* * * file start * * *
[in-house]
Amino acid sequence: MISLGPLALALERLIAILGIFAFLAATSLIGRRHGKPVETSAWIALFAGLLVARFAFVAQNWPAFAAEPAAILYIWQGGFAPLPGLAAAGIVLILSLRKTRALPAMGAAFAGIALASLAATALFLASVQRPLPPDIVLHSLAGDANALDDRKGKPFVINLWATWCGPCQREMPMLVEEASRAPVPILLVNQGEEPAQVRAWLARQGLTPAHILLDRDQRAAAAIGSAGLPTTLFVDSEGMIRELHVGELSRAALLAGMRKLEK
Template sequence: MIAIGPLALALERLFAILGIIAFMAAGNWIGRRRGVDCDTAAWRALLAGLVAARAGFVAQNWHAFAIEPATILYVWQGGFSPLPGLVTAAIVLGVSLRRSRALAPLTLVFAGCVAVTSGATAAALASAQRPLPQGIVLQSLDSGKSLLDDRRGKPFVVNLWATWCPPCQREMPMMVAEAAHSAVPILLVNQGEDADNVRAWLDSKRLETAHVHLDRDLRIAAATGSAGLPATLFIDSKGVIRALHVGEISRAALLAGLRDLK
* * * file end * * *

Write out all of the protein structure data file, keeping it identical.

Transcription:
[in-house]
Amino acid sequence: MISLGPLALALERLIAILGIFAFLAATSLIGRRHGKPVETSAWIALFAGLLVARFAFVAQNWPAFAAEPAAILYIWQGGFAPLPGLAAAGIVLILSLRKTRALPAMGAAFAGIALASLAATALFLASVQRPLPPDIVLHSLAGDANALDDRKGKPFVINLWATWCGPCQREMPMLVEEASRAPVPILLVNQGEEPAQVRAWLARQGLTPAHILLDRDQRAAAAIGSAGLPTTLFVDSEGMIRELHVGELSRAALLAGMRKLEK
Template sequence: MIAIGPLALALERLFAILGIIAFMAAGNWIGRRRGVDCDTAAWRALLAGLVAARAGFVAQNWHAFAIEPATILYVWQGGFSPLPGLVTAAIVLGVSLRRSRALAPLTLVFAGCVAVTSGATAAALASAQRPLPQGIVLQSLDSGKSLLDDRRGKPFVVNLWATWCPPCQREMPMMVAEAAHSAVPILLVNQGEDADNVRAWLDSKRLETAHVHLDRDLRIAAATGSAGLPATLFIDSKGVIRALHVGEISRAALLAGLRDLK